I am absolutely, completely, hopelessly, ridiculously obsessed with hummus. I, like actress, Natalie Portman crave hummus and have the ability to eat my body weight in hummus (yes, that’s my pop culture reference for today.) My hummus obsession is attributed to my mother and my favourite restaurant, Nuba.
During my high school years, my mom flexed her culinary skills in a Greek restaurant. It was because of her and her vegetarian ways that hummus became a staple in our house. She made it all the time. This is way before hummus was viewed as cool. Hummus was definitely not popular, but now you find people eating hummus with everything, and you find it everywhere.
Now let’s talk Nuba. This Lebanese restaurant is my kind of eating. Tons of nibbles and noshes. A myriad of vegetarian options. The food is healthy and packed with flavour. I love the ambience, especially with a group of friends and the live music nights are always interesting. The hummus here is a revelation. The silken classic, fragrant with lemon bears no resemblance to store-bought hummus. In Lebanon, hummus is conceived as a side dish or a first course more than a complete meal.
While Nuba, does many Lebanese dishes, there are restaurants that only do hummus – they are common in many Middle Eastern countries. I’ve seen them in New York as well. Hummus with tahini, or sesame paste, is a classic wherever you go.
While I eat hummus, religiously, this ultimate party dip is perfect for all your holiday get togethers. Healthy and bursting with flavour. It goes well with the Christmas/New Year’s noshing landscape. This hummus, my hummus, usually gets devoured before dinner starts. It’s that good. Even hummus-hesitants will be gobbling it down.
My hummus is eerily smooth, almost whipped in texture. Bright with lemon, it comes dusted with kalonji, sumac, and sesame seeds with olive oil pooling in the centre. Okay for my version, I added some chilies, but it’s not mandatory. Overall, the taste is seamless and the garlic in a state of equilibrium.
The recipe is flexible, sometimes I add other ingredients like roasted beetroot, avocado, or pistachios to add more flavour profiles. Sometimes I add toppings like crunchy roasted chickpeas or spicy ground beef and pine nuts. Today though, I am a purist.
On to the chickpeas. I have used canned chickpeas when in a time crunch. However, cooking your own chickpeas and making your own tahini elevates this hummus to another level.
Cooking chickpea takes a bit of planning, but it’s worth the effort. Before cooking dried chickpeas, the first thing you will have to do is soak them. Place the chickpeas in a large pot and cover completely with cold water. Allow to soak overnight, about 12 hours. A teaspoon of baking soda can be added to help aid with the soaking process, but I find soaking in just water for 12 hours works effectively.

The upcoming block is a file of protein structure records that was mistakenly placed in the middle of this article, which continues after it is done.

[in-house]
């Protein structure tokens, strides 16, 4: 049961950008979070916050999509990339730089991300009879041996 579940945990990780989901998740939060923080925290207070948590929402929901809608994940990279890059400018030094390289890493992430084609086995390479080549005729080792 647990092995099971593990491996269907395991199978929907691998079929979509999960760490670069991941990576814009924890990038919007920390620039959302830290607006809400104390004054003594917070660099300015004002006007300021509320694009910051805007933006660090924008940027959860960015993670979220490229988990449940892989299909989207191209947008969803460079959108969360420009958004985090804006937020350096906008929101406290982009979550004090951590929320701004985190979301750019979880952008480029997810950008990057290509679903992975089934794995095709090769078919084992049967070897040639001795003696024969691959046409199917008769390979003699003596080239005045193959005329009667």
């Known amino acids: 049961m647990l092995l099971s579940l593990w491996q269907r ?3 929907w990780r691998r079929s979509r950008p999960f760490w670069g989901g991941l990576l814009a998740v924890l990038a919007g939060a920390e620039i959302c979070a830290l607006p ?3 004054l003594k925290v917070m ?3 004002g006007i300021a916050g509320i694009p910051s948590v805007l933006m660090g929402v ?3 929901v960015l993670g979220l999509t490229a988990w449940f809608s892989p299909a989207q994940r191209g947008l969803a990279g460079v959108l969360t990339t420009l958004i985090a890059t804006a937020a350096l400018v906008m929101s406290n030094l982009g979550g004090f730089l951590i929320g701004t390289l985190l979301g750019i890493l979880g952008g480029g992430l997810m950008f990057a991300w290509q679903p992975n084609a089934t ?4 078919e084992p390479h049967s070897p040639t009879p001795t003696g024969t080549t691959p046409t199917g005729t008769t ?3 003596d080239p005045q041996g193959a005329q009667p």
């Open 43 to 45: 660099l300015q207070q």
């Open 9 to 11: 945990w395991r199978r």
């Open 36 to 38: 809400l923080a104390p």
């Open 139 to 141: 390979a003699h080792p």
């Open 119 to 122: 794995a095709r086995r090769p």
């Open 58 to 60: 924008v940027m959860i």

In the morning — discard the water, rinse the chickpeas well, drain and cook them in plenty of water. It usually takes about 45 minutes or longer on low heat. The cooking time varies depending on the freshness of the chickpeas, strength of the heat and quantity of the chickpeas, so you need to adjust accordingly. Once done, they should be very tender, breaking up easily when pressed between your thumb and finger, almost but not quite mushy.
Now on to the best secrets when making hummus: Firstly, blend them in the food processor when they are hot with the other ingredients. This helps tranform them into an ethereal smoothness. Secondly, don’t be scared of using olive oil. It adds so much delicious flavour.
Its easy peasy from here. The food processor does all the work. Once you have pulsed and blended to your heart’s content, scoop out the hummus into a serving dish, pool on some olive oil and liberally use sesame seeds, Kalonji and sumac to create a Rothko inspired design. Then get eating. Hummus can be served with anything. My suggestions: pita, baquette slices, pretzels, tortilla chips, veggies, and olives. Or like me, spoonfuls of it. Yum!
The Best Hummus Recipe, Ever
7 cloves garlic
2 1/2 cooked chickpeas
4 tablespoons Tahini (homemade – see recipe below, or jar variety)
½ cup reserved chickpea cooking liquid (depending on how smooth you want it)
1 to 2 lemons juiced
3 tablespoons extra virgin olive oil
1 teaspoon (or more) & an extra sprinkle Himalayan sea salt
1 teaspoon ground cumin
2 teaspoon ground garam masala
1 teaspoon sumac
½ teaspoon ground pepper
1 tablespoon extra-virgin olive oil
1 teaspoon sumac
Himalayan sea salt
In a food processor, chop the garlic. Add the chickpeas and pulse a full minute or two, stop, scrape down the sides. Add the tahini, lemon juice from 1 lemon, salt, pepper, cumin, sumac, and garam masala and blend until pureed. With the machine running, drizzle in olive oil. Then add reserved chickpea cooking water, 1 tablespoon at a time, until it gets very smooth, light and creamy mixture. I find I need about ¼ to ½ cup of liquid, it varies every time. Taste and adjust seasonings. Adding more lemon or salt, if needed. Don’t add more garlic, since the garlic flavour gets stronger as it sits. It will be enough, trust me.
To serve: Pour into a glass serving dish. Drizzle with more olive oil. Sprinkle with sumac, Kalonji, and sesame seeds.
1 cup white sesame seeds
2 tablespoons vegetable oil
Preheat oven to 350°F. Line a baking sheet with parchment paper and spread the sesame seeds out. Bake for about 5 minutes, take it out of the oven, mix it around a little, and bake for another 3 minutes until there’s a fragrant smell (do not over bake). Pour all the sesame seeds into a food processor and pulse until it becomes a paste, then add the vegetable oil and continue pulsing until it becomes a thick paste. Pour into a Tupperware container and refrigerate tahini once it has cooled.